Earlier this summer, the government’s Underused Housing Tax Act (UHTA) received Royal Assent. The Act is retroactive to January 1, 2022 and will impact 2022 tax filings for many registered owners of properties that are considered to be vacant or underused.
What Types of Property are Included in the UHT?
The types of residential property covered by the Underused Housing Tax (UHT) include detached homes, detached homes comprised of up to three units, semi-detached homes, row houses and condominiums.
Who is Impacted and who is Excluded from Filing?
The legal owners of residential property that will be impacted by the UHT includes private corporations, partnerships and trusts, as well as individuals owning residential homes in Canada that are not citizens or permanent residents of Canada.
Canadian citizens and permanent residents are “excluded owners” for purposes of the Act. As “excluded owners”, they are not required to file a return and the tax does not apply to them. Other “excluded owners” include: companies listed on a public Canadian stock exchange; registered Canadian charities; Canadian cooperative housing corporations; hospital authorities; municipalities; public colleges; school authorities and universities; and Indigenous governing bodies.
Please note that Canadian trusts, corporations not listed on a Canadian stock exchange, and partnerships are not “excluded owners” and are subject to the Act.
Determining the Tax Payable and General Exemptions
UHT will apply to owners who are not “excluded owners”, except in certain circumstances, such as where there is an exemption. Exemptions include (non-exhaustive list) if the property is:
- used by the owner, their spouse, or child (while the child is studying at certain designated institutions) as their principal residence; or
- rented for more than 180 days in the year to an arm’s length person under a written agreement; or
- rented to a non-arm’s length person for “fair rent” as defined in the Act (5% of the taxable value of the property for the year or such amount as may be prescribed by regulation from time to time);
- owned by a Canadian corporation that is over 90% owned by Canadian citizens and permanent residents;
- owned by a Canadian partnership where each member is an excluded owner or specified Canadian corporation; or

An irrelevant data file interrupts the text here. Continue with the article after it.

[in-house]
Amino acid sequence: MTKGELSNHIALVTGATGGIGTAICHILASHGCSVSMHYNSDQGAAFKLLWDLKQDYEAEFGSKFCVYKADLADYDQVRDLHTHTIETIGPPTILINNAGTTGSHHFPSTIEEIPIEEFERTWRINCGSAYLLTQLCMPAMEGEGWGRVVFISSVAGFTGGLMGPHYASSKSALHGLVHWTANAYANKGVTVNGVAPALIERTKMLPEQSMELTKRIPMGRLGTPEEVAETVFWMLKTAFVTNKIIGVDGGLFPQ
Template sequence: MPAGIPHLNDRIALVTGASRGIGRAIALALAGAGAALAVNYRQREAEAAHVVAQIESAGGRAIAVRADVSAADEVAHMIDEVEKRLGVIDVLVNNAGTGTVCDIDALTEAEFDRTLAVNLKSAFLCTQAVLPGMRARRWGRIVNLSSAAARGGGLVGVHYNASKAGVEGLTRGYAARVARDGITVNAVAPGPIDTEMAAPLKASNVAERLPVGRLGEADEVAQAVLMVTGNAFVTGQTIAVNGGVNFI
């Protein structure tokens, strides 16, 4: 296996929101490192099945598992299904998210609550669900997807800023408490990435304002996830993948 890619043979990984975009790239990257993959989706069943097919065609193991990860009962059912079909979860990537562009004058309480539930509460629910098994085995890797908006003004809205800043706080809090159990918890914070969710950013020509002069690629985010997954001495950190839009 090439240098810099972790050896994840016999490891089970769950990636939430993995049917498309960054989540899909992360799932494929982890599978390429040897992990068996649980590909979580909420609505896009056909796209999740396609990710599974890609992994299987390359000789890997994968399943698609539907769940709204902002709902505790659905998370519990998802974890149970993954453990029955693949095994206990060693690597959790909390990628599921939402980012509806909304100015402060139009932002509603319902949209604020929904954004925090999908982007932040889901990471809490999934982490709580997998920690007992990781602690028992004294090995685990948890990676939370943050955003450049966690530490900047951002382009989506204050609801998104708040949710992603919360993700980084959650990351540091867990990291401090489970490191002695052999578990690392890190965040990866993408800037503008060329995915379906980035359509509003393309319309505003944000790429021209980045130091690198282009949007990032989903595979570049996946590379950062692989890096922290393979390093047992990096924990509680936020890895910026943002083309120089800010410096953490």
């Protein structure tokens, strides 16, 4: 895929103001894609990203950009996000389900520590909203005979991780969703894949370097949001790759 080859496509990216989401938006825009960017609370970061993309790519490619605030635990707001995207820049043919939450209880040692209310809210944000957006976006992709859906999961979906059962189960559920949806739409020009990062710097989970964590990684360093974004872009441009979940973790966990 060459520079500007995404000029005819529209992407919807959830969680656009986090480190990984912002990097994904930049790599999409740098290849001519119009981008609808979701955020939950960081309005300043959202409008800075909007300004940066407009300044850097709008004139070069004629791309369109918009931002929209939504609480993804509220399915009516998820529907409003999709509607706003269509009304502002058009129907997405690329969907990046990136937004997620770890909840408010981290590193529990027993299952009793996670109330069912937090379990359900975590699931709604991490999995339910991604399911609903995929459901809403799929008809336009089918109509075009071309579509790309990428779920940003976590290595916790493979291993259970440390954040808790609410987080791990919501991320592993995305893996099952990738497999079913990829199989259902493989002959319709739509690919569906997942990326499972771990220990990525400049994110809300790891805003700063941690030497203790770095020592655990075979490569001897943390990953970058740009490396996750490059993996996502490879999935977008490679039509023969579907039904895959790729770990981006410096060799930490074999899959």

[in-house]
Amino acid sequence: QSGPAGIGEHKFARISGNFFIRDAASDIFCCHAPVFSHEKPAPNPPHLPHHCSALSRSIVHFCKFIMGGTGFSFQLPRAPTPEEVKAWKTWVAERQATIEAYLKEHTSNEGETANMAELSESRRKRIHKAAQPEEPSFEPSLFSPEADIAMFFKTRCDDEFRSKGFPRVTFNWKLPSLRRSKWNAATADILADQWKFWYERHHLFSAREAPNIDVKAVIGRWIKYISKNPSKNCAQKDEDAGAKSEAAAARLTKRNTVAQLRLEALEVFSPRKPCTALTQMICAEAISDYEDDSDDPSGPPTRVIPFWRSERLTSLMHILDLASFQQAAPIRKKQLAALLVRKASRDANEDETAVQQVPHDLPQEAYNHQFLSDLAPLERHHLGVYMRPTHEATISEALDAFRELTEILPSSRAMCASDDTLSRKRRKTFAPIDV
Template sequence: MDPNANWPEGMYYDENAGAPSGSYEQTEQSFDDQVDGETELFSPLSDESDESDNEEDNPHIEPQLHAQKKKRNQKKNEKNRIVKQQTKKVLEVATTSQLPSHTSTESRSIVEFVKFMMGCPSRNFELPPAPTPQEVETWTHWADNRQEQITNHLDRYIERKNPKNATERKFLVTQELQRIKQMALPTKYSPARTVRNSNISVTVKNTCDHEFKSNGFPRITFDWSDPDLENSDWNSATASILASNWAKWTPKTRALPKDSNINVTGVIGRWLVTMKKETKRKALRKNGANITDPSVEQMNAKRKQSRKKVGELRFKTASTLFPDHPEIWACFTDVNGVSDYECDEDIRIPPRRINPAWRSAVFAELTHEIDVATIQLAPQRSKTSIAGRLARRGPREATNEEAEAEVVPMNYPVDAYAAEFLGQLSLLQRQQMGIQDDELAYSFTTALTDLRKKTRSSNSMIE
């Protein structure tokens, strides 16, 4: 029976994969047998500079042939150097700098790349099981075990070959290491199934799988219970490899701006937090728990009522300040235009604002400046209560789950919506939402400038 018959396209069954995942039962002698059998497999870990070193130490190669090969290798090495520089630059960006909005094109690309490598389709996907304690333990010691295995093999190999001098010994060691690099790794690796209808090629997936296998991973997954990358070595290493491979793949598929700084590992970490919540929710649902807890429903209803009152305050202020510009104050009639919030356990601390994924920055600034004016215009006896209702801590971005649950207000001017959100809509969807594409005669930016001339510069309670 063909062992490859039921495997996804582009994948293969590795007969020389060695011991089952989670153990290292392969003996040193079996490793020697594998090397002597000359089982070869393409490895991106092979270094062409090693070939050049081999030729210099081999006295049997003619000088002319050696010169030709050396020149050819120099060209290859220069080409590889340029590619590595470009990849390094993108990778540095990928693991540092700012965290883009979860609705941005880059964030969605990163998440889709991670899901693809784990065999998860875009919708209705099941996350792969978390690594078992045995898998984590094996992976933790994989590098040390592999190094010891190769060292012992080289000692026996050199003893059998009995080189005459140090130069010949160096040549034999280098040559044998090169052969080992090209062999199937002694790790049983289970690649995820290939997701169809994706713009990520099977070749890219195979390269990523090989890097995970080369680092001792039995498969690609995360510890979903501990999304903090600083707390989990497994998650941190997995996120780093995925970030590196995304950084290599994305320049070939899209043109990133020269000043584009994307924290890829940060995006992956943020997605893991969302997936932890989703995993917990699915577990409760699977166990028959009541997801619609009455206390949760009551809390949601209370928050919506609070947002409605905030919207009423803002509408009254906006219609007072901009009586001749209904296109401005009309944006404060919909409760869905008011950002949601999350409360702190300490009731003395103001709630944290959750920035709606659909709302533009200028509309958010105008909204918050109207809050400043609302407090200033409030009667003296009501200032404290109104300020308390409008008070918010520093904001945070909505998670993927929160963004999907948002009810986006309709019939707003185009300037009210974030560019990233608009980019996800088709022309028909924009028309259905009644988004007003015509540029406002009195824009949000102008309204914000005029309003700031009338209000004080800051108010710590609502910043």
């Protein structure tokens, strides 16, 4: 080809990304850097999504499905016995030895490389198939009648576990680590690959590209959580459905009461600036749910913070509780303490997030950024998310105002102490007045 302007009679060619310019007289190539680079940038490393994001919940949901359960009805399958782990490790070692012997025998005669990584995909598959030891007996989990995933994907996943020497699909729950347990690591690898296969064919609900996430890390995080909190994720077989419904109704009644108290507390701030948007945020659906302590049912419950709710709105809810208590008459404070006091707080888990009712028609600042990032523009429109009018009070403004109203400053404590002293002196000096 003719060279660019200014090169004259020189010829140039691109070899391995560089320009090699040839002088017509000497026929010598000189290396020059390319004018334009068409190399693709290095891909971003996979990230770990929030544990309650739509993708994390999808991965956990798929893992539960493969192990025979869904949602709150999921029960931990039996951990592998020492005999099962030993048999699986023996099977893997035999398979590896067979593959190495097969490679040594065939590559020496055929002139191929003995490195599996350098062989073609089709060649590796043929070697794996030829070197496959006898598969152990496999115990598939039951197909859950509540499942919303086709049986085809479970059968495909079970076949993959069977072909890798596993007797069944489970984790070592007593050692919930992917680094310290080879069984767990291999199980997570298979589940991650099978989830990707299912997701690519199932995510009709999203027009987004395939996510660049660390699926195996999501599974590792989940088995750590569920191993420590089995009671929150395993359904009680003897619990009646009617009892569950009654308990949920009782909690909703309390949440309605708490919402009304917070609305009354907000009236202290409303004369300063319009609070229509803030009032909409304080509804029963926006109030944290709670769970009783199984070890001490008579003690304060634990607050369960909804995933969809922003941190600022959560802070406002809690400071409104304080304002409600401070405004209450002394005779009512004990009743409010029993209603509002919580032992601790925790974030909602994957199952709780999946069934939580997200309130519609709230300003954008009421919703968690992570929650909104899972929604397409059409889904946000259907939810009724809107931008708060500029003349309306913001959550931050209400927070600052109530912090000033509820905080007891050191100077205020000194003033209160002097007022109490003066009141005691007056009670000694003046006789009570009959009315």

- owned by a Canadian trust where each beneficiary is an excluded owner or specified Canadian corporation.
The UHT on a vacant or underused residential property will be 1% of the taxable value of the home, or 1% of its most recent sale price, whichever is greater. Owners can also choose to file an election between January 1st and April 30th of the following calendar year to use the Fair Market Value (FMV) of the property to determine the UHT tax owing, if they obtain an appraisal. If a property is owned by more than one person, each owner will be responsible for the UHT based on their ownership stake in the home.
UHT Filing Requirements & Penalties
Owners of residential property impacted by UHT will need to file an annual return by April 30th of the following calendar year. Failure to file the return by this date could result in a penalty of at least $5,000 for individuals and $10,000 otherwise, even if no UHT is owing. This means that an owner’s first return, in respect to a residential property for the calendar year 2022, would be due on or before April 30th, 2023. However, CRA is making an exception for 2022 filings where no penalty or interest will be applied if the return is filed or the UHT is paid by October 31, 2023.
If an owner qualifies for an exemption, but is not an excluded owner, the return still has to be filed and penalties still apply. This is true even if the calculated tax is nil due to the exemption, so filing a return will be crucial.
Other Properties Excluded from UHT
Vacation properties located in rural areas are exempt from the UHT if they are used for personal use by the owner (or the owner’s spouse or common-law partner) for at least four weeks per year, or if it is not suitable or accessible for year-round occupancy.
Residential properties that are uninhabitable for at least 120 consecutive days in the calendar year due to renovations will also be exempt.
Residential properties vacant due to the death of the owner during the calendar year or the previous calendar year will also be exempt.